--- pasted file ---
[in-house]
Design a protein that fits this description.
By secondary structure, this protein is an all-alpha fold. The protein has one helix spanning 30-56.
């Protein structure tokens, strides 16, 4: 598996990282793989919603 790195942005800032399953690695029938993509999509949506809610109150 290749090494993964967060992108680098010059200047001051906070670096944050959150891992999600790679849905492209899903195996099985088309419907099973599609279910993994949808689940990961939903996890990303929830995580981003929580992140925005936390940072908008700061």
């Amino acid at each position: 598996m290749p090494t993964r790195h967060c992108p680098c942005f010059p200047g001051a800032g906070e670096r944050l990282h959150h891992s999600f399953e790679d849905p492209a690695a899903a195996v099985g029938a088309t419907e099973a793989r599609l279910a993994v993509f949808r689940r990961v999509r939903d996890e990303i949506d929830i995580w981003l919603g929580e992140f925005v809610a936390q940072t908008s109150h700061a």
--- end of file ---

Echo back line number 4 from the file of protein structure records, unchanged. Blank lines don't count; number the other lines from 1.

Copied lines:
């Protein structure tokens, strides 16, 4: 598996990282793989919603 790195942005800032399953690695029938993509999509949506809610109150 290749090494993964967060992108680098010059200047001051906070670096944050959150891992999600790679849905492209899903195996099985088309419907099973599609279910993994949808689940990961939903996890990303929830995580981003929580992140925005936390940072908008700061």